Skip to content

Cancer panel gets pushback over environmental focus

The actual prevalence of environmentally induced cancer has been “grossly underestimated,” declared (.pdf) a president’s advisory panel a little more than a month ago. "The Panel urges [President Obama] most strongly to use the power of [his] office to remove the carcinogens and other toxins from our food, water, and air that needlessly increase health care costs, cripple our nation's productivity, and devastate American lives."

Spare me the sensationalism, responded Michael Thun, MD, vice president emeritus of epidemiology for the American Cancer Society:

"The statement that got all the press attention was that the panel said it was particularly concerned that the burden of environmental cancer is grossly underestimated, but it provided no evidence to support that concernTheir argument reflects a 30-year dispute in the scientific debate regarding the degree of cancer risk that should be linked to various environmental exposures."

Thun added that he was also bothered by the panel's framing of current cancer prevention efforts as being "focused narrowly" on smoking, other lifestyle behaviors, and chemopreventive interventions. "You do not like to see the major causes of cancer and attempts to prevent them being dismissed as ‘narrowly focused’-the obesity epidemic and tobacco use are not narrow problems."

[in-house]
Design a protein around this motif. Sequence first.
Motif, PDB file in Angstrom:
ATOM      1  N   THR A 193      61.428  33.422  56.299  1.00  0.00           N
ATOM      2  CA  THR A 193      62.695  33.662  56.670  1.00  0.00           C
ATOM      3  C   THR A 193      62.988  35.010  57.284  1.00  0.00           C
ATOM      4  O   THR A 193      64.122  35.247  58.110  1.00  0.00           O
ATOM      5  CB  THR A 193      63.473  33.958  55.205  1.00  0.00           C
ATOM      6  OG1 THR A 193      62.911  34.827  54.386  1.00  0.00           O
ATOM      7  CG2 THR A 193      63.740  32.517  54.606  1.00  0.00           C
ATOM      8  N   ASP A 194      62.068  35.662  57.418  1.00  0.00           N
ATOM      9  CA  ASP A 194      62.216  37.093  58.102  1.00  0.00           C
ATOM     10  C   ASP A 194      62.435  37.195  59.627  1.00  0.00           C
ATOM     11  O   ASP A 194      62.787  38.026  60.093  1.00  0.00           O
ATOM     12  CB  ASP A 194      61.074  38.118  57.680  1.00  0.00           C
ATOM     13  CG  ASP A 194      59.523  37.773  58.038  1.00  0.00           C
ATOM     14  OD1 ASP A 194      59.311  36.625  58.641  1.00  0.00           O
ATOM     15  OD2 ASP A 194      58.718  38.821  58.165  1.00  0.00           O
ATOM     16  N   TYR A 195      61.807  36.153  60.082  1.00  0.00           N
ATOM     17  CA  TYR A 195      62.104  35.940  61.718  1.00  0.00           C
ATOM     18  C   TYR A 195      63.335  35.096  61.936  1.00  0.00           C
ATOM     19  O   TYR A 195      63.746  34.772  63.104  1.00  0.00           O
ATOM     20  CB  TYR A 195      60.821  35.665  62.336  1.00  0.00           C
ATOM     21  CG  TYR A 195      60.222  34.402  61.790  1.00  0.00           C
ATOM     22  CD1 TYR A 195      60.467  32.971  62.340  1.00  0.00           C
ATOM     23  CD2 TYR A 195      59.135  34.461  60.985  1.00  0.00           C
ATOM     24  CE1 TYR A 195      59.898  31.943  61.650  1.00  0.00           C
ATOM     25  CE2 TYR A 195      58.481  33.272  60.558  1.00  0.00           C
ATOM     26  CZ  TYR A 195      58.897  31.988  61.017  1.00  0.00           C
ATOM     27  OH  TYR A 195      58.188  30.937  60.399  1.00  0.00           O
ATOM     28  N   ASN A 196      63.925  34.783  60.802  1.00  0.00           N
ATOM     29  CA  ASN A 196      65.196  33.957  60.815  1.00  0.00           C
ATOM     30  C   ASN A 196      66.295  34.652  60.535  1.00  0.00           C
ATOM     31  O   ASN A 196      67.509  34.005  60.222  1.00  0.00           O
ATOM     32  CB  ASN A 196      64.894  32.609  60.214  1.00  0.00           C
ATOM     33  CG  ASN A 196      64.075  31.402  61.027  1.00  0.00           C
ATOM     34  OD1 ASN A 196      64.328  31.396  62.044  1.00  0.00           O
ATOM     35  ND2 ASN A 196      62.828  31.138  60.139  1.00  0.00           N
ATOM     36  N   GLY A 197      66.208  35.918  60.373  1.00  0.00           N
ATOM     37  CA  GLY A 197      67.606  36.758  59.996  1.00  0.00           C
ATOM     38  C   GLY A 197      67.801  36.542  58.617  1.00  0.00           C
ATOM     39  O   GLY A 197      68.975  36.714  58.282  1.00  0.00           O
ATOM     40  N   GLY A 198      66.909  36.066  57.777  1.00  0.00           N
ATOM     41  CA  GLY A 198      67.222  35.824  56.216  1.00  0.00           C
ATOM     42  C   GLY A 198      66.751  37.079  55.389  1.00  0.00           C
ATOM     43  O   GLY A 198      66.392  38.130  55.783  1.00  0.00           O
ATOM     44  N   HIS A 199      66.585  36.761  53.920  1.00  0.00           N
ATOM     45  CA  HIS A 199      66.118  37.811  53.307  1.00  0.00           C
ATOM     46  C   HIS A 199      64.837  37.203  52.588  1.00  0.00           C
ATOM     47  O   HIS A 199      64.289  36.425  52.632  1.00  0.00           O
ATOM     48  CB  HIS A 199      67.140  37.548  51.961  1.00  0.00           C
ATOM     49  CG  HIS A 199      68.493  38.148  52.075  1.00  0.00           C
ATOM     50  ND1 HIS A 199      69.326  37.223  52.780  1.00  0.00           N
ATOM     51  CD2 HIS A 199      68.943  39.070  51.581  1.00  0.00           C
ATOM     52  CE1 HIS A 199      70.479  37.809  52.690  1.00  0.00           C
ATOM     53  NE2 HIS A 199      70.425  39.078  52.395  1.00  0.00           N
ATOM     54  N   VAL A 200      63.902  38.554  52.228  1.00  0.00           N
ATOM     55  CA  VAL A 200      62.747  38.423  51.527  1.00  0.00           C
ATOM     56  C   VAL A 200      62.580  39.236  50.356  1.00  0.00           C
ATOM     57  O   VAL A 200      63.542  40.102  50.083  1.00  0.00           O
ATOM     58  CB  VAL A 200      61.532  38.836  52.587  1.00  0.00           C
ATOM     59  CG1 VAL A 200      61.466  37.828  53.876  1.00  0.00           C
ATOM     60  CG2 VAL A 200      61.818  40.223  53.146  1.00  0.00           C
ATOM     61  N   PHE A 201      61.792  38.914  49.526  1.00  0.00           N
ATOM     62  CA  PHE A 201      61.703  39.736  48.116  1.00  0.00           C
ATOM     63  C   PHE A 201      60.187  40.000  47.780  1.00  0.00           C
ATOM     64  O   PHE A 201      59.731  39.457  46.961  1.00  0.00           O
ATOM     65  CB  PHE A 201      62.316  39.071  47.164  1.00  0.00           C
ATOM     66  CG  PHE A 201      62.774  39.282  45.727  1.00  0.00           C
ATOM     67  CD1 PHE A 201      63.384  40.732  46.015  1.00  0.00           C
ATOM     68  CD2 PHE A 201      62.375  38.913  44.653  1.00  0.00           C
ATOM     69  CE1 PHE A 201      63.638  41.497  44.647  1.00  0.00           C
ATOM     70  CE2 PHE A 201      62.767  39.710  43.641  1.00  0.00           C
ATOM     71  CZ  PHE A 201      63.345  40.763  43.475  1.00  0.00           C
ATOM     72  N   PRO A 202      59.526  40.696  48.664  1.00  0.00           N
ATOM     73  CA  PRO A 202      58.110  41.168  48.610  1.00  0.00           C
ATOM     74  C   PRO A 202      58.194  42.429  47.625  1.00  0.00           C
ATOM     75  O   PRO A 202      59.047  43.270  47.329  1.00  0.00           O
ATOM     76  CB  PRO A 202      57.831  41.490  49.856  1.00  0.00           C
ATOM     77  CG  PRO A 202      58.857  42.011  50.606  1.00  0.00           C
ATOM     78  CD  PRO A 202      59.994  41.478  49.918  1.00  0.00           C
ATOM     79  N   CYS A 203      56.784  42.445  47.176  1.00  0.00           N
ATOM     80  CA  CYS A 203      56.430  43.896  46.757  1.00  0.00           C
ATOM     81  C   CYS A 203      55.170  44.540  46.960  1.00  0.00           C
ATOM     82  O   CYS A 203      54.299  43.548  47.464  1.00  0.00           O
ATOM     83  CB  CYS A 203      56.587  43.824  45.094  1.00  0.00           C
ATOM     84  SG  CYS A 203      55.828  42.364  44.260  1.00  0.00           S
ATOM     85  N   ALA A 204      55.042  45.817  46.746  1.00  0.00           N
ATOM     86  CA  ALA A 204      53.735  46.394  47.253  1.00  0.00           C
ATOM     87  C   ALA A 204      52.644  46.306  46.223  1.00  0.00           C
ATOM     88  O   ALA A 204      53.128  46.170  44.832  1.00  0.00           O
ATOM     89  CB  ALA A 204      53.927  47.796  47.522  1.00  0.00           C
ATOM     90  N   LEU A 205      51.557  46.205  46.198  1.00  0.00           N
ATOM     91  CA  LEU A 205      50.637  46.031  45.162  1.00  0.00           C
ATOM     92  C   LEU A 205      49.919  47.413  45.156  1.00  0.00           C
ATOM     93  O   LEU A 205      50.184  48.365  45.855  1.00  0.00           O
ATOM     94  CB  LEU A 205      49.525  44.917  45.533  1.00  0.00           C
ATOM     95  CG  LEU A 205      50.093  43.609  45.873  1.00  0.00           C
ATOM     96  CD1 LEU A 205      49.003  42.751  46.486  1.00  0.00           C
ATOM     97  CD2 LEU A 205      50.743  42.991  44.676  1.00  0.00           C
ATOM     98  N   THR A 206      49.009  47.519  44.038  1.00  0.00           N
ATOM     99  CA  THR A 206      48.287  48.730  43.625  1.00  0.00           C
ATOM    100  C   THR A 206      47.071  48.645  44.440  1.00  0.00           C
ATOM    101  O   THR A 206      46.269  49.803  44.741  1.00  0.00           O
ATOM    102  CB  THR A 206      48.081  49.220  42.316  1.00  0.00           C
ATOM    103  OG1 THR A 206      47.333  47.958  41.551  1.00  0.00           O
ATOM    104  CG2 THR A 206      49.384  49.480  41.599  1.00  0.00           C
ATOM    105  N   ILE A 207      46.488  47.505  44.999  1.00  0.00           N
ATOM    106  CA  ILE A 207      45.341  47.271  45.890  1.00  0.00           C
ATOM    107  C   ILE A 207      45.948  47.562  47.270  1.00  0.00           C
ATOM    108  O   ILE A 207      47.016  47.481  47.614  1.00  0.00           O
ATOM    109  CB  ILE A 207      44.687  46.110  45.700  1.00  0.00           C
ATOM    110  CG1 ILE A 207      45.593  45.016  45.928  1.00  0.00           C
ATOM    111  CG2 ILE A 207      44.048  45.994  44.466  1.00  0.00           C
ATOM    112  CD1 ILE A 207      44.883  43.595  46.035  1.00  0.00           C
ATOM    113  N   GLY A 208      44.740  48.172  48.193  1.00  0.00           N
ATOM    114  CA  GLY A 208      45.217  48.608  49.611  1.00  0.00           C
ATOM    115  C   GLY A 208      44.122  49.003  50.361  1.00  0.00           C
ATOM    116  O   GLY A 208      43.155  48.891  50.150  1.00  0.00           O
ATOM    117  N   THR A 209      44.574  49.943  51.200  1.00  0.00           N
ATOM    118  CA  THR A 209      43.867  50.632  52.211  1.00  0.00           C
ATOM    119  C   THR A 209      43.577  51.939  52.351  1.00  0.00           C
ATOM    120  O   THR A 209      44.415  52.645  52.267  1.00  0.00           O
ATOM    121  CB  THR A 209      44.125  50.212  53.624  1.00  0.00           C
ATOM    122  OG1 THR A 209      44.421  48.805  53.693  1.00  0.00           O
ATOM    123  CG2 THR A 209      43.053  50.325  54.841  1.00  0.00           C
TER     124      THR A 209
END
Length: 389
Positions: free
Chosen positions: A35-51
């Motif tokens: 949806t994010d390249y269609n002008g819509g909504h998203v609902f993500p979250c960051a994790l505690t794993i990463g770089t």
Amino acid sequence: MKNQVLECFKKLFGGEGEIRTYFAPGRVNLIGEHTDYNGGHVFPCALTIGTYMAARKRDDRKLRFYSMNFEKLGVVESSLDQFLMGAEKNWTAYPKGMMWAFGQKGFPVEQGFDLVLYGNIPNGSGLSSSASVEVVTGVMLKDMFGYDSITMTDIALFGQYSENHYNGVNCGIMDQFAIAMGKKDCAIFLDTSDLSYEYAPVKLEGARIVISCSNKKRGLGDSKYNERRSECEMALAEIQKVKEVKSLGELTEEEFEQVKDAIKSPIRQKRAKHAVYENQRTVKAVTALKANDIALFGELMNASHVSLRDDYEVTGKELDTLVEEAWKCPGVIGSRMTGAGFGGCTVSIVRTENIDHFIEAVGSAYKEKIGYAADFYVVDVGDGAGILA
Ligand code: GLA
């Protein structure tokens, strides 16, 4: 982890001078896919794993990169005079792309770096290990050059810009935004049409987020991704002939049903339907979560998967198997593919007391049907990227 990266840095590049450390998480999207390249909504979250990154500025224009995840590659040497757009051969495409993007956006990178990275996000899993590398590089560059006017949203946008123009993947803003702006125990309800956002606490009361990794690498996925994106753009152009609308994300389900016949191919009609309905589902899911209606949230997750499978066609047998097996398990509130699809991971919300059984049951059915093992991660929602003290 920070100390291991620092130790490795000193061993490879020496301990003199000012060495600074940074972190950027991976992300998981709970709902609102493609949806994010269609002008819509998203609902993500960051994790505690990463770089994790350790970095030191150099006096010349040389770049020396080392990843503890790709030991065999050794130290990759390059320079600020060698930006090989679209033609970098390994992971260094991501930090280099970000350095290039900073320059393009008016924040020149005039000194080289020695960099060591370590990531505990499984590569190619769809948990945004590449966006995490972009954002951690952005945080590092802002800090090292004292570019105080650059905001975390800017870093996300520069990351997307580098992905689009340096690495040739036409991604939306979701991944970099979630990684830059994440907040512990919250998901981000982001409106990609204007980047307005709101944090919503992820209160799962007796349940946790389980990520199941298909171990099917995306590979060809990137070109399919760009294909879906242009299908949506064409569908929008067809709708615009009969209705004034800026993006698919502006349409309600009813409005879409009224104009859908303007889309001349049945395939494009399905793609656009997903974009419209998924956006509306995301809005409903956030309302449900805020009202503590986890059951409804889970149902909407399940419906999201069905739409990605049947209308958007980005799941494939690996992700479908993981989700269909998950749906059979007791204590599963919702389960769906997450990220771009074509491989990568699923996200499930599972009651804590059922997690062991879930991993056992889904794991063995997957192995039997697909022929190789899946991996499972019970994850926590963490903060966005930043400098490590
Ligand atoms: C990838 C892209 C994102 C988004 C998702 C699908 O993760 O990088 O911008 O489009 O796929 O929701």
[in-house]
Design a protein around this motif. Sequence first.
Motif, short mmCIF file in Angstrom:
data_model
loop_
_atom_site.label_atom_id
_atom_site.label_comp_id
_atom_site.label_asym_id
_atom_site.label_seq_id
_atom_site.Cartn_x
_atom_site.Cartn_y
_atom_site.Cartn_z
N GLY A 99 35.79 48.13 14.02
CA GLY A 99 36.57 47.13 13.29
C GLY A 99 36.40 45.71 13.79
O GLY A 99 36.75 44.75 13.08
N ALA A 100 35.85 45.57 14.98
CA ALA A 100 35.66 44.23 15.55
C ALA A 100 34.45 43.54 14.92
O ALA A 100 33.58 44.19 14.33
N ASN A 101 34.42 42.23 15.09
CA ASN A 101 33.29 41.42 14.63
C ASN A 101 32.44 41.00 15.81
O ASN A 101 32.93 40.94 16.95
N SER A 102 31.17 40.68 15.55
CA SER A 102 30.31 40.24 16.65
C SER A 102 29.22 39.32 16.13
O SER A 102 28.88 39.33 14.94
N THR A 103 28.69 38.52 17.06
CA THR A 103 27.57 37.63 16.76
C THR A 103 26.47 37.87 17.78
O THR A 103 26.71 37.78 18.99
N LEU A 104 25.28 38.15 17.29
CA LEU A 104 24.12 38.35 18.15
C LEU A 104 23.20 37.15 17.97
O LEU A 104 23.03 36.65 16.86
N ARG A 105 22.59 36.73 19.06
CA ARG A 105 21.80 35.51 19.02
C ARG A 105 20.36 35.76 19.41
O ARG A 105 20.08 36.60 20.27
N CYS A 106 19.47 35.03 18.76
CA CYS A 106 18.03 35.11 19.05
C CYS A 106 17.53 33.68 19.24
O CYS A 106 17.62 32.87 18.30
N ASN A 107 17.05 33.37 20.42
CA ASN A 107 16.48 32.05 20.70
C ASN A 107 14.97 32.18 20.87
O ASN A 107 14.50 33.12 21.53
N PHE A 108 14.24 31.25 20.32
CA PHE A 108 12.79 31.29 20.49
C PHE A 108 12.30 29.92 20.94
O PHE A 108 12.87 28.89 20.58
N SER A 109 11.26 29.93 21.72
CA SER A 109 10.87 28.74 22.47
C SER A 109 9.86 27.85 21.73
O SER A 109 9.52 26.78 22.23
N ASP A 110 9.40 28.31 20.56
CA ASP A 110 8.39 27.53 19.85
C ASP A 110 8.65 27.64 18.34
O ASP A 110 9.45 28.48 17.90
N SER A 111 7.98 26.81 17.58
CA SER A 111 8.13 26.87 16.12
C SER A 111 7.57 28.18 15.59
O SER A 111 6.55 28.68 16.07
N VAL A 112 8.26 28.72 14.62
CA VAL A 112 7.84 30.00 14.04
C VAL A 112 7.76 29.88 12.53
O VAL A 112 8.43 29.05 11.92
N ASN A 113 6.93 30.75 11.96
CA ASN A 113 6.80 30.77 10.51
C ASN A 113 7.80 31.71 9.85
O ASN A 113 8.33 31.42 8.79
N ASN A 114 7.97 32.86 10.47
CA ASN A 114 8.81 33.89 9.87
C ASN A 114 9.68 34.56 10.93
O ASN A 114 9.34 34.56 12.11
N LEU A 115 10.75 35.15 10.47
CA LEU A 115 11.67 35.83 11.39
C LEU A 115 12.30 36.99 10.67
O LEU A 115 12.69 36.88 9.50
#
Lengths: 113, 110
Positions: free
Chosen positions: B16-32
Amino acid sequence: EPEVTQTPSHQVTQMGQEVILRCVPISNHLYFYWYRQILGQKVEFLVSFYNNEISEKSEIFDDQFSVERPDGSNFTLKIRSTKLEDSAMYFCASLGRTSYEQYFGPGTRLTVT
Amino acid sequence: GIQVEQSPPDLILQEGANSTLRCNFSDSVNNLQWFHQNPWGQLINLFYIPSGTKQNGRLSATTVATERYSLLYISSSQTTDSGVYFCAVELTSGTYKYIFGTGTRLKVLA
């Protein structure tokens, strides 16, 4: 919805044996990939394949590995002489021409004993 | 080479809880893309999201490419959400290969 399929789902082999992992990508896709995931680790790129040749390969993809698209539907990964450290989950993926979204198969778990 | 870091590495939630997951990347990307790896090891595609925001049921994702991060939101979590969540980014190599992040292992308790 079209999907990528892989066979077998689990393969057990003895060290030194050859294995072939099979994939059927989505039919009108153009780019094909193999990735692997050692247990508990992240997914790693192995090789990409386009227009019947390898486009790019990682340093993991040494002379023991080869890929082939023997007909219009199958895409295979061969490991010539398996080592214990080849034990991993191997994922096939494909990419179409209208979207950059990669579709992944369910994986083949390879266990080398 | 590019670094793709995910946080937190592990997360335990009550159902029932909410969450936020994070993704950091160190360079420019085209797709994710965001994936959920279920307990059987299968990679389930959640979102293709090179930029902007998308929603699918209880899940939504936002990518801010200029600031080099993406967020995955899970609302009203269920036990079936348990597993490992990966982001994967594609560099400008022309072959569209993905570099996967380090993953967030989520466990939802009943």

But Samuel Epstein, MD, chairman of the Cancer Prevention Coalition, defended the panel:

"The report is scholarly and goes into scientific issues in great depth...Its position on the need for the phasing out of avoidable causes of cancer is commendable."

The back-and-forth is chronicled in a News & Perspectives piece appearing today in the Journal of the American Medical Association. Whether the cancer panel’s call for greater focus on environmental exposures is answered “remains to be seen,” says author Mike Mitka.

Popular posts

Category:
Biomedical research
How do the new COVID-19 vaccines work?

The Pfizer and Moderna COVID-19 vaccines are the first to use the RNA coding molecule to prompt our bodies to fight the virus. Here's how they work.